# Myhill-Nerode equivalence classes of $\{1^n0^n\}$

I have the following task and its solution.

Question

Given the language

$$A \triangleq\left\{1^{n} 0^{n} \mid n \in \mathbb{N}\right\} \text { with } \Sigma_{A} \triangleq\{1,0\},$$

give all equivalence classes of the Myhill-Nerode relation.

Solution

• $$[1^k]_{\equiv A} = \{1^k\}$$ for $$k \in \mathbb N$$.
• $$[1^\ell0]_{\equiv A} = \{1^{\ell+i-1} 0^i \mid i \geq 1\}$$ for $$\ell \in \mathbb N^+$$.
• $$[0]_{\equiv A} = \{ 0x, 1^n 0^m, x01 y \mid x,y \in \Sigma_A^* \land n,m \in \mathbb N^+ \land m > n \}$$.

What are they doing in the second bullet of the solution?

The first and third bullets are clear. In the first they construct the equivalence classes of all $$1$$'s including $$\lambda$$.

In the third bullet they construct just one equivalence class with all the words which are not in the language $$A$$.

But what are they doing in the second bullet? What does the exponent $$\ell+i-1$$ mean? Why don't they write $$[1^n0^m]_{\equiv A} = \{1^n 0^m \mid n,m \in \mathbb N^+\}$$?

I think it makes sense to answer your subquestions out of order.

Why they don't write $$[1^n0^m] = \{1^n 0^m | n,m \in N^+\}$$

They're supposed to be equivalence classes. $$[1^n0^m]$$ would break up lots of classes, and duplicate lots of the states from line 3.

What does the Exponent $$n+i-1$$ mean?

Firstly, $$n+i-1 \ge i$$, so there are at least as many $$1$$s as $$0$$s.

Secondly, $$n$$ is the parameter which defines the class.

So $$\left[1^{\mathrm{l}}0\right]_{\equiv \mathrm{A}}$$ is the set of states which need $$0^{l-1}$$ to reach the accepting state.

There are infinitely many equivalence classes:

• For each $$k \geq 0$$, the equivalence class of $$1^k$$, which consists only of $$1^k$$.
• For each $$\ell \geq 1$$, the equivalence class of $$1^\ell 0$$, which consists of $$1^{\ell-1+i} 0^i$$ for all $$i \geq 1$$.
• All other words (the equivalence class of $$0$$): words beginning with $$0$$, words containing a substring $$01$$, and words of the form $$1^n0^m$$ with $$m > n$$.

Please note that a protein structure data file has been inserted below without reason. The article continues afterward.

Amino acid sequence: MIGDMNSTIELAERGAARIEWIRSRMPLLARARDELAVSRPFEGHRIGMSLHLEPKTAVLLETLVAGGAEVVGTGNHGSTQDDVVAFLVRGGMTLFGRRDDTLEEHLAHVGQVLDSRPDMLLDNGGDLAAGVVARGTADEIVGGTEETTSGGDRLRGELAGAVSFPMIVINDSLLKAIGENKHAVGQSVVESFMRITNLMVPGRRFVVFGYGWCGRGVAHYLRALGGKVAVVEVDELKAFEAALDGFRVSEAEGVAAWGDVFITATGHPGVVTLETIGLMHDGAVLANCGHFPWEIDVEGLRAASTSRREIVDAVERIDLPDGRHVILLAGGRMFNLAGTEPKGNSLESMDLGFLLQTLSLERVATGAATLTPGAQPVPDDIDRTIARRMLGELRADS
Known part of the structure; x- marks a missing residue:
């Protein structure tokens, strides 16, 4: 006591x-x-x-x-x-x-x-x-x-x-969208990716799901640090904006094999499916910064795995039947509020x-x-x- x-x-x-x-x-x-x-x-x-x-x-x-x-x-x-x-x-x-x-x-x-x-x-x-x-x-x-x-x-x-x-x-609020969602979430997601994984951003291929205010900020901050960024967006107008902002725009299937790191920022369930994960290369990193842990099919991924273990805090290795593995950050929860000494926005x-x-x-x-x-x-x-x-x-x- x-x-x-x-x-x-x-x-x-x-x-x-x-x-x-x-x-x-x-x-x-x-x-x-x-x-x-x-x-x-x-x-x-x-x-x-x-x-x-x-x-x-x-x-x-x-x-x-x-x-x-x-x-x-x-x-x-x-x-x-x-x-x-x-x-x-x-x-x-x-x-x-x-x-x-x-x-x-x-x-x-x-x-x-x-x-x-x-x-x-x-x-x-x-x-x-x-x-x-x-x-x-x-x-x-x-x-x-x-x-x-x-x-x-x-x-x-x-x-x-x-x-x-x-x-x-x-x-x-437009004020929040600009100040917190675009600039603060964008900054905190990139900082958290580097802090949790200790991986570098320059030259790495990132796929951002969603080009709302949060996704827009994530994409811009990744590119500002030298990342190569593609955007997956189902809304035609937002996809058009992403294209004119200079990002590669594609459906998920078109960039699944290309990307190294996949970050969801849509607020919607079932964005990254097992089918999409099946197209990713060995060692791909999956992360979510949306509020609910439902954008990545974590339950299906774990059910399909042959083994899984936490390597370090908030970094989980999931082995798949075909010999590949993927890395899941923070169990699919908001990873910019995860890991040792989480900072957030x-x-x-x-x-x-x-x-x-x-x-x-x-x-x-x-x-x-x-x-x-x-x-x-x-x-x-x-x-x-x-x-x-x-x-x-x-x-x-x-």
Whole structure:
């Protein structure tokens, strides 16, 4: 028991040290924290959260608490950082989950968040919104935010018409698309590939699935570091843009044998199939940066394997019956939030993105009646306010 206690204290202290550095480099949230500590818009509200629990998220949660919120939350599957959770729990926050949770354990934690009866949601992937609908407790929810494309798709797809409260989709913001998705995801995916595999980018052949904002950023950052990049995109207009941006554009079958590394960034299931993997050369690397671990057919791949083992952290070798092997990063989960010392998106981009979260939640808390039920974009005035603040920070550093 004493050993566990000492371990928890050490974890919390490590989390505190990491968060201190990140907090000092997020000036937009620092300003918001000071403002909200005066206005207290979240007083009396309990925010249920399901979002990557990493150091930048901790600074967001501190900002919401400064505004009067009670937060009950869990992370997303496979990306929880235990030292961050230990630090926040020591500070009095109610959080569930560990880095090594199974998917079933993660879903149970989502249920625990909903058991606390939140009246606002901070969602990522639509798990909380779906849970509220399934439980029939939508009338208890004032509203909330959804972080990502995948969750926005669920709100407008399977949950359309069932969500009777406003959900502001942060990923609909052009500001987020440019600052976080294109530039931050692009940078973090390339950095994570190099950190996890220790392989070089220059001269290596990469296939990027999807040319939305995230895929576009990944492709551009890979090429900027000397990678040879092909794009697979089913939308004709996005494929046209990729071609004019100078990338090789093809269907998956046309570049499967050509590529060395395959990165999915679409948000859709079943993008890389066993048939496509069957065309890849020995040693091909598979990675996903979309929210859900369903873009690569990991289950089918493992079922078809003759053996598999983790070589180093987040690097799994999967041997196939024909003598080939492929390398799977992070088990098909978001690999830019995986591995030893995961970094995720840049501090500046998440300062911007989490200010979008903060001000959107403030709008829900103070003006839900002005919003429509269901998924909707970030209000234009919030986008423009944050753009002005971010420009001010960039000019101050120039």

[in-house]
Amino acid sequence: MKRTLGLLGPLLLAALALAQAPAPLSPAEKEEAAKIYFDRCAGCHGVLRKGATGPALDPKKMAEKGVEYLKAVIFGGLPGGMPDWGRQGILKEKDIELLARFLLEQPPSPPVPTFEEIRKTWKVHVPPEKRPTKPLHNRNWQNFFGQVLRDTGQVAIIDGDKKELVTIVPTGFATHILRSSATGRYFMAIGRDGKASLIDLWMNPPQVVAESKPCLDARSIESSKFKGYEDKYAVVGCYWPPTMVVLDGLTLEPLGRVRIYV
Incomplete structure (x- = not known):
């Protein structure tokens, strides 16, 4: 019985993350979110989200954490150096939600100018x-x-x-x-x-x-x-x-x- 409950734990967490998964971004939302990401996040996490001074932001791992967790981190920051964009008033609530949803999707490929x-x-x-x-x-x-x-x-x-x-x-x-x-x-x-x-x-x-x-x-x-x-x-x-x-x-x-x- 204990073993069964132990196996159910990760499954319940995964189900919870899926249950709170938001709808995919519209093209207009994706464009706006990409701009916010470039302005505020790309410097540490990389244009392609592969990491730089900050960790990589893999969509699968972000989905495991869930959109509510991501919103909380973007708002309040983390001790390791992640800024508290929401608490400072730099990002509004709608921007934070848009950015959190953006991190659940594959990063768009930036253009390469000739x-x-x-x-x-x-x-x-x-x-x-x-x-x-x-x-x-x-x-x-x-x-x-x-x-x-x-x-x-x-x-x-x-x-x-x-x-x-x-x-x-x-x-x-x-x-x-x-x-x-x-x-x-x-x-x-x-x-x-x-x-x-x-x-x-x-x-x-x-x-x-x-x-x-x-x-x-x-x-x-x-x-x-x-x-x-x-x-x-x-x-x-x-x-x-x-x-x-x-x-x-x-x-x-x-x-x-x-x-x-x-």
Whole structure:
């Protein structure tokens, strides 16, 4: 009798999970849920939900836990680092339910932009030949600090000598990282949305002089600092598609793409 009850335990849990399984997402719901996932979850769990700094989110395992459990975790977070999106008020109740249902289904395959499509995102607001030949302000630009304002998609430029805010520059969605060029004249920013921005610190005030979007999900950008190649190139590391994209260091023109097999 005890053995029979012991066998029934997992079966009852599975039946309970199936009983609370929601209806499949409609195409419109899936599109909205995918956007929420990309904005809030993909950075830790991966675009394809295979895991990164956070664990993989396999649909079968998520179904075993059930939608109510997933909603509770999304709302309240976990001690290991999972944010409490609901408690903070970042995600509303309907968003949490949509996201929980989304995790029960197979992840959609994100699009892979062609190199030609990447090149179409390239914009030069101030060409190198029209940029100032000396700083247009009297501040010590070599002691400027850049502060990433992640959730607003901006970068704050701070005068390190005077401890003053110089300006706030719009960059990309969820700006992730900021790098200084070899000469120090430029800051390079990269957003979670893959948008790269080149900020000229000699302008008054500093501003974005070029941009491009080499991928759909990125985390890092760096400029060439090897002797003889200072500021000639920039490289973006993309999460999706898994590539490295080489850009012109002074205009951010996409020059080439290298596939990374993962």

The last equivalence class is easiest to understand: it consists of those words which cannot be extended to words in $$A$$.

The equivalence class of $$1^\ell 0$$ consists of all words whose only extension in $$A$$ is by $$0^{\ell-1}$$.

Finally, $$1^k$$ can be extended to a word in $$A$$ by adding $$1^j 0^{k+j}$$ for arbitrary $$j \geq 0$$.

Using this, it is easy to check that all of these equivalence classes are actually distinct. In particular, it is definitely not true that all words of the form $$1^n 0^m$$ belong to the same equivalence class, if only since some of them belong to $$A$$ and some don't.

• thanks for your answer. If I understand this right than each prefix of a word only allows one suffix to be completed in that language. So $[1^0] = \{ \lambda \}$ or $[1^1] = \{ 1 \}$ and prefix $0$ or $[1^2] = \{ 1^2 \}$ and prefix $0^2$ and so on. But if we look at the second bullet , we have does equivalence class: $[a b]=\quad L \quad \quad$ Suffix: $\quad\{\epsilon\}$ $\left[a^{2} b\right]=\left\{a^{2} b, a^{3} b^{2}, a^{4} b^{3}, \ldots\right\} \quad$ Suffix : $\quad\{b\}$ . . . $[1^\ell0]_{\equiv A} = \{1^{\ell+i-1} 0^i \mid i \geq 1\}$ Jan 30, 2019 at 14:32
• But than we have two classes with the same suffix is this possible? I'm so sry for my bad English, I'm learning it since 4 month, but I hope you can understand. Jan 30, 2019 at 14:35
• We don't have two classes with the exact same set of suffixes. It's OK to have a suffix common to two classes. Jan 30, 2019 at 14:40

If you have parsed the input $$1^l 0$$ then to get a string in the language, we must have l ≥ 1, and the only possibility is to produce $$1^l 0^l$$, so the prefix $$1^l 0$$ has only one possible suffix $$0^{l-1}$$. The set of possible suffixes is $$\{ 0^{l-1} \}$$, for l ≥ 1.

Now which other prefixes can be turned into a string of the language by adding a string of the form $$0^{l-1}$$? That's the strings where we have k more 1s and k more 0s, so $$1^{l+k} 0^{1+k}$$. These are exactly the strings where adding l-1 more 0's produces a string in L and adding any other suffix doesn't: $$1^{l+k} 0^{1+k} 0^{l-1}$$ = $$1^{l+k} 0^{l+k}$$ which is in the language.

I personally find it easier to find the possible sets of suffixes. There are quite obviously three kinds of suffix sets: If you have parsed k 1's so far, you can add another n 1's for a total of n+k 1's, and then n+k 0's. So you have a set of suffixes $$\{ 1^n 0^{k+n} \}$$, n ≥ 0. For each different k, you get a different set of suffixes.

If you have parsed k 1's and n 0's, for 1 ≤ n ≤ k, then you cannot add another k; to get a string in the language you need to add exactly $$0^{k-n}$$, one choice only. k-n can be any integer, so for every different value of n-k we get a different set containing exactly one suffix.

And finally if we parsed k 1's and either n > k 0's, or 1 ≤ n ≤ k 0's followed by a 1, or either followed by more symbols, then there is no way to get a string in L, so the set of suffixes is the empty set.

In total, we have an infinite number of different sets of suffixes (which implies L is not regular). If we only wanted to show that L is not regular, we didn't have to calculate all the sets precisely. It is enough to state that $$1 1^k 0$$ can only be extended to a string in L by adding k 0's, so we have an infinite number of sets of suffixes, and an infinite set of equivalence classes, and no regular languages, even if we didn't bother to figure out these sets and strings exactly.